by Bill B. May

Whether you chose to or not, you were born into (or under) a government. You are governed, by somebody.   Have you ever sat down and asked, why do I need to be governed?   Think about it. Why does my daily life require an external force for me to function? A governance? Am I not capable of making my own decisions?   We deem childhood ends at 18; presumably the child has been taught right and wrong by that age.   Some may not but why would you need to be subject to governance if you chose the right decisions.

That is a big part of government: To keep order among those who chose wrong decisions in dealing with fellow man.   Evil does exist in people; few are true angels. But mostly we expect people to make the right decisions most of the time.   And they do. It is only the outlier who thinks he or she can get away with something, who thinks they can better themselves at the expense of fellow citizens. Those people need to be governed. Those people are the reason we have police forces, courts and jails.   Those institutions govern those who ignore right and wrong, yet we are all burdened with the same governance.

Well, you might say that there is a lot more to government than just to keep order among the citizens– keeping the bad guys from disrupting the lives of good guys. Well, yes, that is how things have evolved but the fundamental need for government is to keep order from internal threats and from external threats as well.  The fundamental role of government as seen by our founders was to maintain the liberty of the people against internal and external threats.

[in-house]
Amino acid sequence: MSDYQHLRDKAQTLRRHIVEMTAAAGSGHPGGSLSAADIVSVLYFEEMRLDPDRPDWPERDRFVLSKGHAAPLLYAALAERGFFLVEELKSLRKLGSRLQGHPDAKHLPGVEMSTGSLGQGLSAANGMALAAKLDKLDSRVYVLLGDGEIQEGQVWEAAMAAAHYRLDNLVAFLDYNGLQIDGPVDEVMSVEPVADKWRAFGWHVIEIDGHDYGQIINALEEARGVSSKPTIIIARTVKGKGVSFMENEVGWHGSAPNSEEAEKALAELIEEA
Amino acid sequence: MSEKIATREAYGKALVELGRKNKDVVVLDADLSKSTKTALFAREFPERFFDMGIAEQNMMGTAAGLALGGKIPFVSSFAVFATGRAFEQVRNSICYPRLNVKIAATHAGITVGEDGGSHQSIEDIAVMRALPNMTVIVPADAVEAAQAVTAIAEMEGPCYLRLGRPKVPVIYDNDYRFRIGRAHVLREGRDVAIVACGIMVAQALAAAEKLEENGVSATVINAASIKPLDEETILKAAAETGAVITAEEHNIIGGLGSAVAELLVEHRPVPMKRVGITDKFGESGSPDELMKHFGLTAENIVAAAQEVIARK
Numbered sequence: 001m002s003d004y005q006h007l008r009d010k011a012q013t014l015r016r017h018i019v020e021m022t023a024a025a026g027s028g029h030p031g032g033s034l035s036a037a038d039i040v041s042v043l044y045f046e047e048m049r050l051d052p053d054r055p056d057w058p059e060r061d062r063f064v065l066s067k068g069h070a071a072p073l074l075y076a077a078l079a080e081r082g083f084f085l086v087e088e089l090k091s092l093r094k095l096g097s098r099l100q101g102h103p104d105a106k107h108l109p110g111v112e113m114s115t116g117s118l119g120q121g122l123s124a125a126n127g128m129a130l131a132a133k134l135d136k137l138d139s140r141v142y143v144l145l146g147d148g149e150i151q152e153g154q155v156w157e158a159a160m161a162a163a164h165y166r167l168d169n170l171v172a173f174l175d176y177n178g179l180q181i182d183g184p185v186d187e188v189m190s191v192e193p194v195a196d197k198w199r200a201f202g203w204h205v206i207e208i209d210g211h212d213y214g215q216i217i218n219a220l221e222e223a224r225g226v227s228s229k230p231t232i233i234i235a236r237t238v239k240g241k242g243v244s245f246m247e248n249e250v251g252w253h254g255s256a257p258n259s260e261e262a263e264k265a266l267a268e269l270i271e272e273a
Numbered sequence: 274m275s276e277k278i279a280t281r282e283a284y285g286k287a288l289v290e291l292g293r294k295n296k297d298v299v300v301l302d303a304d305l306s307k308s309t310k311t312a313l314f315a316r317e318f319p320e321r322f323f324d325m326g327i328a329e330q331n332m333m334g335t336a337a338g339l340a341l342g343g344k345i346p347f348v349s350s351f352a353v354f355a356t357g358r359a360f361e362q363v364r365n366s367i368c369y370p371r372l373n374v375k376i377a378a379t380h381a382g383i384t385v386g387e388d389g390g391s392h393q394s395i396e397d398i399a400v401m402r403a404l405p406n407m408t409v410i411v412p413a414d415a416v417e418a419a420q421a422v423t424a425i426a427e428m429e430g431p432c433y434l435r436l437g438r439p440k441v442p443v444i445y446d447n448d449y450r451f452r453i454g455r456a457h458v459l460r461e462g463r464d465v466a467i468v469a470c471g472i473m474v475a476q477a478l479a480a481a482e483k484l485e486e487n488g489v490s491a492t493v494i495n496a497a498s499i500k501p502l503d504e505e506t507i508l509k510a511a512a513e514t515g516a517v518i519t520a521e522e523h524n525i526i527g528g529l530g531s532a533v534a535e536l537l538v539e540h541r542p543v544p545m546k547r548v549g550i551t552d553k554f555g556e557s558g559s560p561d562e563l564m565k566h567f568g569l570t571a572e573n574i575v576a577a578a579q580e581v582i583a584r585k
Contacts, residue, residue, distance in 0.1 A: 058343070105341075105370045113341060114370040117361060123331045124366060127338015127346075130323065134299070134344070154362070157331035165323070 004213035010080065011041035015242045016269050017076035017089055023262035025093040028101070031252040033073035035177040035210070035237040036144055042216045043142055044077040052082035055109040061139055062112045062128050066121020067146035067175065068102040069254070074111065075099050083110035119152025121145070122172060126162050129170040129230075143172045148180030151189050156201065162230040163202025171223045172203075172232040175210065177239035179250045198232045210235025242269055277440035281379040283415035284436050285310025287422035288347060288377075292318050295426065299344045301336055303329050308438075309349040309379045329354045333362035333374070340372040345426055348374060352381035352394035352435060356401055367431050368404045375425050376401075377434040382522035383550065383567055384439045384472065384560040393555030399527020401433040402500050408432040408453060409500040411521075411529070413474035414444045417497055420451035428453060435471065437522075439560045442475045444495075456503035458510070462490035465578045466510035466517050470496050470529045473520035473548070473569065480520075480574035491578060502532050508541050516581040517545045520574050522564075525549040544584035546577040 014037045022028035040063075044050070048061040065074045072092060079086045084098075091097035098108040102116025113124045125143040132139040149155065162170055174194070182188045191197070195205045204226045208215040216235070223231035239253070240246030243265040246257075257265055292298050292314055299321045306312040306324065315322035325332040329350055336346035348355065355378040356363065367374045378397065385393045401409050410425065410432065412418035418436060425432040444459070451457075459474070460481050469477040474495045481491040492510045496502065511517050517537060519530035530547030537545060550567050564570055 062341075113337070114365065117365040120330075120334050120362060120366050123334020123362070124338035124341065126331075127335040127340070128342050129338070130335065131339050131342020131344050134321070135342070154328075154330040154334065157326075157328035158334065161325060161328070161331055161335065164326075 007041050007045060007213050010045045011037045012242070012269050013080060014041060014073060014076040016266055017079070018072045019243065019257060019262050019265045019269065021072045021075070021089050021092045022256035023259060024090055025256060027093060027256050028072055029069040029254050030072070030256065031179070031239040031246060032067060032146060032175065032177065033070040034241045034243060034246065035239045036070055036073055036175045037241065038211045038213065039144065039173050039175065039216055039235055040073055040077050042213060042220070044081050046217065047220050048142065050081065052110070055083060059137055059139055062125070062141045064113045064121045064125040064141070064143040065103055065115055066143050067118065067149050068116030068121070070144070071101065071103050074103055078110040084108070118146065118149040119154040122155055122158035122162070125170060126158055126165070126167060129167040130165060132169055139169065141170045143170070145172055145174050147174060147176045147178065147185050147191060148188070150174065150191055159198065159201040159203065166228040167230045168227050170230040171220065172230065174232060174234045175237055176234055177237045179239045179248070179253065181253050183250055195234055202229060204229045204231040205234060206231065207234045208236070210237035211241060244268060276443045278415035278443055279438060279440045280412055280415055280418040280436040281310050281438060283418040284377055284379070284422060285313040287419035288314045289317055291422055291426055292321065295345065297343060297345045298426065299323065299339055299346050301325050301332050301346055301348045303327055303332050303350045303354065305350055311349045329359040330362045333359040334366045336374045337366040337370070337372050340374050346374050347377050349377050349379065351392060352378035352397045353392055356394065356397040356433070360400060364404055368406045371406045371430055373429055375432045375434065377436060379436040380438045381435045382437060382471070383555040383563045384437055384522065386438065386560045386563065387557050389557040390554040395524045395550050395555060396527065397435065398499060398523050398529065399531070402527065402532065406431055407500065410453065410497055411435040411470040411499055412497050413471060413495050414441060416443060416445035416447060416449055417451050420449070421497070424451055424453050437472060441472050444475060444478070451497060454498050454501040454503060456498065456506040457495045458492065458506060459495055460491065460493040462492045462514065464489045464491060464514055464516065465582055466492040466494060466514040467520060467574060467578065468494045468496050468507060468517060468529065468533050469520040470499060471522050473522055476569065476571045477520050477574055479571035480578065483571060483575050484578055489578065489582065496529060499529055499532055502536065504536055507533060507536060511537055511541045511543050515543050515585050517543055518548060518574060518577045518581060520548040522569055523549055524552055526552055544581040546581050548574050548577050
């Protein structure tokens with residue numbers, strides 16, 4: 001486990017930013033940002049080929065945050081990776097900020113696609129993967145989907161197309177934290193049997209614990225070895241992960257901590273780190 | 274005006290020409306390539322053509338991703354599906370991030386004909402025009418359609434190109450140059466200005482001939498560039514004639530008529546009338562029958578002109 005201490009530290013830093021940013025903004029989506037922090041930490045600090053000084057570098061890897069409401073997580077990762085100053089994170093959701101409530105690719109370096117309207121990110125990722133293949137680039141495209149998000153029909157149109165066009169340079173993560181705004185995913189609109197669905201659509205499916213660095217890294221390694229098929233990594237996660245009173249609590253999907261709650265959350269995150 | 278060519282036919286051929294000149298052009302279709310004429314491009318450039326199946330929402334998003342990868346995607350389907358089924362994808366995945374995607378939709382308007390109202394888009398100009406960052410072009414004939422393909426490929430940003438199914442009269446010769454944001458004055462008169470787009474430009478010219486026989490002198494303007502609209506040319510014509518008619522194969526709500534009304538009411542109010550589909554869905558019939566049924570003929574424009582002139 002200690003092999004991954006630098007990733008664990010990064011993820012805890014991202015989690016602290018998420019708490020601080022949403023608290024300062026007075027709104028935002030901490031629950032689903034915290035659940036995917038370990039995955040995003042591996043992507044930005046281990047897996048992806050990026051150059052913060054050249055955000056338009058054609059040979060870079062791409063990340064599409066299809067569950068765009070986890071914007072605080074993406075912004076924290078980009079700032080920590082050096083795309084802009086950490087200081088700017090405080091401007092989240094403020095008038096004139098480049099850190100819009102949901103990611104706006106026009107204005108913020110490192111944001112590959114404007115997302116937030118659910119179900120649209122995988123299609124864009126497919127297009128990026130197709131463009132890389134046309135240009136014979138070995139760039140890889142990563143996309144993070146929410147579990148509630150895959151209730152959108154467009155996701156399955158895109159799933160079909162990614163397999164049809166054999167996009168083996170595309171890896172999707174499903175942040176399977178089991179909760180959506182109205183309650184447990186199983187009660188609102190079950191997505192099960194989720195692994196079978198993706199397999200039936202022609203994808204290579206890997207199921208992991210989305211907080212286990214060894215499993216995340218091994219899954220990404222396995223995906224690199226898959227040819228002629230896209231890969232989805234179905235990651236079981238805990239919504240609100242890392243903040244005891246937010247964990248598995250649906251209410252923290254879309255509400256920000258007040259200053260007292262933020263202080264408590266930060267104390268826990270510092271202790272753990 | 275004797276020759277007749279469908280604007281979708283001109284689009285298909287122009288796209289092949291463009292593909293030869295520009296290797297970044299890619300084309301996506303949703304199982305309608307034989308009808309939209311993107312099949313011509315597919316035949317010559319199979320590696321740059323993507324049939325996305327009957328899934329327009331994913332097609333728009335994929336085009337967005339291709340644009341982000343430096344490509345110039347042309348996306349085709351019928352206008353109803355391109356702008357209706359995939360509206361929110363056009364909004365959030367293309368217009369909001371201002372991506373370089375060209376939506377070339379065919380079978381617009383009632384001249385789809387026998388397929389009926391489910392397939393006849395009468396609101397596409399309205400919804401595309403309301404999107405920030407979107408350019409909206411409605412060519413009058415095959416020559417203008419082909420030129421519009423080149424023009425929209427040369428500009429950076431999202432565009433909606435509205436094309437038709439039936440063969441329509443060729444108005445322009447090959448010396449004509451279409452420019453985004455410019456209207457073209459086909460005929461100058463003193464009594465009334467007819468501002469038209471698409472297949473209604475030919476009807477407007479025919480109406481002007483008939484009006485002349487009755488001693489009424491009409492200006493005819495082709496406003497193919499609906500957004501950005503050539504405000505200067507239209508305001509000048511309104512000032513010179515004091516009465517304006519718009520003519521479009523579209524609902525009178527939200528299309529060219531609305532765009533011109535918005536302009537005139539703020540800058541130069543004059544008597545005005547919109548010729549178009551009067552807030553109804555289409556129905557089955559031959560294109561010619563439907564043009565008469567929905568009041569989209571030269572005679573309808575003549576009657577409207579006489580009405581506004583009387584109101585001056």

A group of settlers might form a town to protect themselves against various threats. They vote to decide what region it was to occupy, what its name was to be and who was to be the sheriff. But then streets were needed for public access to each person’s private property.   And votes were taken, with some landowners getting preferential treatment as to the street location and others getting the dirty end of the stick. Thus, the start of the principle of the greatest good for the greatest number of people. This is fundamental to the progressive idea of government. But what it ignores is that some people’s liberty is violated by the tyranny of the majority.